Key to achieving the FDIC's mission of maintaining stability and public confidence in the nation's financial system is safeguarding the sensitive information, including personally identifiable information that the FDIC collects and manages in its role as federal deposit insurer and regulator of state non-member financial institutions. Further, as an employer, an acquirer of services, and a receiver for failed institutions, the FDIC obtains considerable amounts of sensitive information from its employees, contractors, and failed institutions. Increasingly sophisticated security risks and global connectivity have resulted in both internal and external risks to that sensitive information. Internal risks include errors and fraudulent or malevolent acts by employees or contractors working within the organization. External threats include a growing number of cyber-based attacks that can come from a variety of sources, such as hackers, criminals, foreign nations, terrorists, and other adversarial groups. Such threats underscore the importance of a strong, enterprise-wide information security program.
During 2013, the FDIC Chairman announced significant changes to the FDIC's information security governance structure. These changes were intended to address current and emerging risks in the IT and information security environments. Among these changes, in April, the FDIC established the IT/Cyber Security Oversight Group to provide a senior-level forum for assessing cybersecurity threats and developments impacting the FDIC and the banking industry. In July 2013, the Chairman separated the roles and responsibilities of the Chief Information Officer (CIO) and Director, Division of Information Technology. Both positions had previously been held by the same individual. The position of CIO now reports directly to the FDIC Chairman. The CIO has broad strategic responsibility of IT governance, investments, program management, and information security. The CIO also serves as the FDIC's Chief Privacy Officer. Finally, the Chief Information Security Officer (CISO) and related staff, who had formerly reported to the Director of the Division of Information Technology, now report to the CIO. The purpose of this realignment was to ensure that the CISO has the ability to provide an independent perspective on security matters to the CIO and that the CIO has the authority and primary responsibility to implement an agency-wide information security program.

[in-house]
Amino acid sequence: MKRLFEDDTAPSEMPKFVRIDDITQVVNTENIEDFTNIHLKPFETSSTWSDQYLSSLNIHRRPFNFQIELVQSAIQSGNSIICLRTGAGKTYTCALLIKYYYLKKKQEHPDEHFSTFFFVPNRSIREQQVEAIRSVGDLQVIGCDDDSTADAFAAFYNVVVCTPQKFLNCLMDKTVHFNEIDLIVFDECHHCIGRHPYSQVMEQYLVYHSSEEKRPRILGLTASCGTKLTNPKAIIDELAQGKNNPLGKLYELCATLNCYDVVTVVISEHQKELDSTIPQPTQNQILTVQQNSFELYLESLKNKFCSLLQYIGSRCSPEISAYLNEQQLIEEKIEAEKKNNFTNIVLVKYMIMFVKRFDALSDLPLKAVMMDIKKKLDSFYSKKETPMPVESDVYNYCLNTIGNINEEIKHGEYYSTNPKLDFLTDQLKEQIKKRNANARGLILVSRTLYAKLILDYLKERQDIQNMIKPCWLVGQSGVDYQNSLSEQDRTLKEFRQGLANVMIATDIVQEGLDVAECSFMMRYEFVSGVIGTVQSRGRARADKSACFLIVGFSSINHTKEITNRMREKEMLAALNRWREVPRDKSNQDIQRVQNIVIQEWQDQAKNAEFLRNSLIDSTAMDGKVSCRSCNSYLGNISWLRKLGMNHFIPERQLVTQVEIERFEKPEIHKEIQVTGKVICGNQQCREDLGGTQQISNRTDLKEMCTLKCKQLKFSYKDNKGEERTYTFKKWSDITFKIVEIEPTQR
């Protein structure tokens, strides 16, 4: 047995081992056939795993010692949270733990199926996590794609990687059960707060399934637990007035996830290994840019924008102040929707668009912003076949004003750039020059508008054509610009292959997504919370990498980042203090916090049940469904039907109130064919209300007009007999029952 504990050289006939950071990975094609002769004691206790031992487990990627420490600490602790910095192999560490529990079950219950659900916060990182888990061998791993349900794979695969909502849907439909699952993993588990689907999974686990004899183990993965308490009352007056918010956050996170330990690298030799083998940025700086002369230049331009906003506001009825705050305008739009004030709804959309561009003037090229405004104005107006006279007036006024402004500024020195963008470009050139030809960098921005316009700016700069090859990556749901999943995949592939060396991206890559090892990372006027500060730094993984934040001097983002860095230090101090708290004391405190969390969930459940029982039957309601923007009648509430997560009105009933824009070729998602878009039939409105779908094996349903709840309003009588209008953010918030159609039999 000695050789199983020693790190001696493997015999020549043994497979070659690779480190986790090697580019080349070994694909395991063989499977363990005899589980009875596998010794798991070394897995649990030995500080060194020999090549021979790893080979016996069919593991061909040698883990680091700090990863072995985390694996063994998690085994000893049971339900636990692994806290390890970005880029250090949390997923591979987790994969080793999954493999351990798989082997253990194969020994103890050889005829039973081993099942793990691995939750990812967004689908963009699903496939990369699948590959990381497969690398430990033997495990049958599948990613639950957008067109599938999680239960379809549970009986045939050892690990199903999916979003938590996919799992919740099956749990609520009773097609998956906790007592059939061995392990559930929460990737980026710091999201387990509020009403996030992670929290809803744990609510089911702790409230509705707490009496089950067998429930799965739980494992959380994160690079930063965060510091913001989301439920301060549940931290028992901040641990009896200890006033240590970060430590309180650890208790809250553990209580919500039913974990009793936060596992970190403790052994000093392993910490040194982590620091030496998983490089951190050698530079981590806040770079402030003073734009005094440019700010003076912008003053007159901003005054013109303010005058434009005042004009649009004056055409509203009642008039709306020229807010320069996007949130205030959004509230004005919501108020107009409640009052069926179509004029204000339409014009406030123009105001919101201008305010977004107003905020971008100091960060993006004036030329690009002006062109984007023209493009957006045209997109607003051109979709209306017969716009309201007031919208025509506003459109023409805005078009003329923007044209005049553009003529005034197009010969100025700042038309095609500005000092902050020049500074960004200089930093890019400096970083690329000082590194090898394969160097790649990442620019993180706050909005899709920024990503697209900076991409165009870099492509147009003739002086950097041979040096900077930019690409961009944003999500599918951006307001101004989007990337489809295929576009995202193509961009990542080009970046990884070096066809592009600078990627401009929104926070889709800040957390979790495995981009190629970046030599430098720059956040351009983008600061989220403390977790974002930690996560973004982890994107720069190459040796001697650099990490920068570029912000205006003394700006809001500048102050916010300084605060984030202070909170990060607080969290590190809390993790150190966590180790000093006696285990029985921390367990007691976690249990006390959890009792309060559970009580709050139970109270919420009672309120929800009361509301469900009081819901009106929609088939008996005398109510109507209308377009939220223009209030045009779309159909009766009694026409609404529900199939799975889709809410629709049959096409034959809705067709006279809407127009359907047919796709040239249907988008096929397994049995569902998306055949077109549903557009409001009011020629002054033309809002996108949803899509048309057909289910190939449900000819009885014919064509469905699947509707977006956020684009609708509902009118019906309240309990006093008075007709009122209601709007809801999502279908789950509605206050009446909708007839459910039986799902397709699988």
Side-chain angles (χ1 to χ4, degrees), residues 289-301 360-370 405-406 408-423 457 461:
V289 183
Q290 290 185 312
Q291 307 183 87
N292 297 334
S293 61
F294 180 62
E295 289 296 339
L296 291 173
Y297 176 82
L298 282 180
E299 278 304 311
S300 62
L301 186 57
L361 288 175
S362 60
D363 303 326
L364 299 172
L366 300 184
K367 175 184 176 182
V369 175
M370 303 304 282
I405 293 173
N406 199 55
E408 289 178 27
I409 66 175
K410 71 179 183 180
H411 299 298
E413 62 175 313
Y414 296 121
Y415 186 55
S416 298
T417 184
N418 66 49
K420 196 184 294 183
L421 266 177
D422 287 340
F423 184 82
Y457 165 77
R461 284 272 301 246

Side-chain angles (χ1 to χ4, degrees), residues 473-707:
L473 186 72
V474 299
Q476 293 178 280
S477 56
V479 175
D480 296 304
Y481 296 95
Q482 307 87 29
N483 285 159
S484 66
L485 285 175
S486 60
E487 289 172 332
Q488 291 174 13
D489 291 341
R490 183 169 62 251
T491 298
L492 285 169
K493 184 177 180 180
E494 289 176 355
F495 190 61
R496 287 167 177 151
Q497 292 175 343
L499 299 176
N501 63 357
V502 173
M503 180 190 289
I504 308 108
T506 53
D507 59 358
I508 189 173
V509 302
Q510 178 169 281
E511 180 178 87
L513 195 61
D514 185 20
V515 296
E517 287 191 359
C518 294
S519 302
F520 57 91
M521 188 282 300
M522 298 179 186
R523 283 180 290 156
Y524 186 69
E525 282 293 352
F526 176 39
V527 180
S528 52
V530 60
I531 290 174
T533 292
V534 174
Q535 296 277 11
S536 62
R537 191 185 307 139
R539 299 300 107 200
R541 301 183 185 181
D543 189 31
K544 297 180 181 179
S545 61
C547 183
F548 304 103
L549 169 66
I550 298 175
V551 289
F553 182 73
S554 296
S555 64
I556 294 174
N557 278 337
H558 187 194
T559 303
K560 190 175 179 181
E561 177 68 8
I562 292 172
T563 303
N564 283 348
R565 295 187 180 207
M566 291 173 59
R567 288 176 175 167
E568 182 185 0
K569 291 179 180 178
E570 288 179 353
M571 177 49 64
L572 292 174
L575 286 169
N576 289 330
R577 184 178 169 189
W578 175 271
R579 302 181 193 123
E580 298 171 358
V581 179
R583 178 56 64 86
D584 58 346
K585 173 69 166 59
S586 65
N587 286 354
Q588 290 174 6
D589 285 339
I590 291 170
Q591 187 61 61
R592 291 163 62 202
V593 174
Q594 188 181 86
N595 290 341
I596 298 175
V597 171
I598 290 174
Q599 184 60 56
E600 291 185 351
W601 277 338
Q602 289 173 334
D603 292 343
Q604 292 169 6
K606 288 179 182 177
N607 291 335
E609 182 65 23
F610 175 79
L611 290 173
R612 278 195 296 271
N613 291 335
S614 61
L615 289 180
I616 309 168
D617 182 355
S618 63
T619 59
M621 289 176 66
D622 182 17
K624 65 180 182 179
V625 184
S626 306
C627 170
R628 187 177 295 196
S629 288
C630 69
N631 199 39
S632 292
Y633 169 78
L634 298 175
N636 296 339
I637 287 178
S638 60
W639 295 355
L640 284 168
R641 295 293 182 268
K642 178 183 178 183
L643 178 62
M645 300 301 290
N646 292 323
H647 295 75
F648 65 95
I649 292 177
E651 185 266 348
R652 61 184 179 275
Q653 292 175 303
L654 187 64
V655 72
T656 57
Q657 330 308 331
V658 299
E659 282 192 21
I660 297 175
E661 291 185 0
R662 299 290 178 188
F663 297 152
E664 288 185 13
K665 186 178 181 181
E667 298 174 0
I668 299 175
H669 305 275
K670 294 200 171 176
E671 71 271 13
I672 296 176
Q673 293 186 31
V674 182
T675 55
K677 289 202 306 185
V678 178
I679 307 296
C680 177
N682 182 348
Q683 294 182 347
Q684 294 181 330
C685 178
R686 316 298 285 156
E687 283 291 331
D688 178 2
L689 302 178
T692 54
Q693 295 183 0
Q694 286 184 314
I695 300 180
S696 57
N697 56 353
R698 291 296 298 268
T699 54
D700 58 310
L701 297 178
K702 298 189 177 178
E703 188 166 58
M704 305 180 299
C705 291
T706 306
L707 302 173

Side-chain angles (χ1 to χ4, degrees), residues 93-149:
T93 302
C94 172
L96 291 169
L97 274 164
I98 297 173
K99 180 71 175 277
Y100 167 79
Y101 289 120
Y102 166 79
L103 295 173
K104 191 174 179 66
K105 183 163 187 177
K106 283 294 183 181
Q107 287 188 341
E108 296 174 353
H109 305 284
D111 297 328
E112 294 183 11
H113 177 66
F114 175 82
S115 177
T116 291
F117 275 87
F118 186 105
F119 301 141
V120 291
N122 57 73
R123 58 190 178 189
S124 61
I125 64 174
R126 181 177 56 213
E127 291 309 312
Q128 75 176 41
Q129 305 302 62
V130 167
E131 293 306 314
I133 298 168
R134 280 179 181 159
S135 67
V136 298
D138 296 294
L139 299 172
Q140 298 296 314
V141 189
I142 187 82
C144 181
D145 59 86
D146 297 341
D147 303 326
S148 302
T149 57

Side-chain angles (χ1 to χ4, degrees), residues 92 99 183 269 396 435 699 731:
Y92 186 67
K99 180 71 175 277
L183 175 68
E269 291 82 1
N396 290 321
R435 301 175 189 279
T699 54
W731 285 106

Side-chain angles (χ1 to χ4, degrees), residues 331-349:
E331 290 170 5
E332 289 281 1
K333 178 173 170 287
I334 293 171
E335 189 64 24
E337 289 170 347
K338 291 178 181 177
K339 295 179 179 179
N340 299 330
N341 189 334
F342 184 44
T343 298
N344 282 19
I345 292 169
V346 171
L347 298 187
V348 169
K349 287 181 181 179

During 2014, a challenging priority for the FDIC will be to continue to adapt to these organizational changes as the new roles and responsibilities become ingrained in a changing environment and to ensure effective communication and collaboration among all parties involved in ensuring a robust and secure IT operating environment.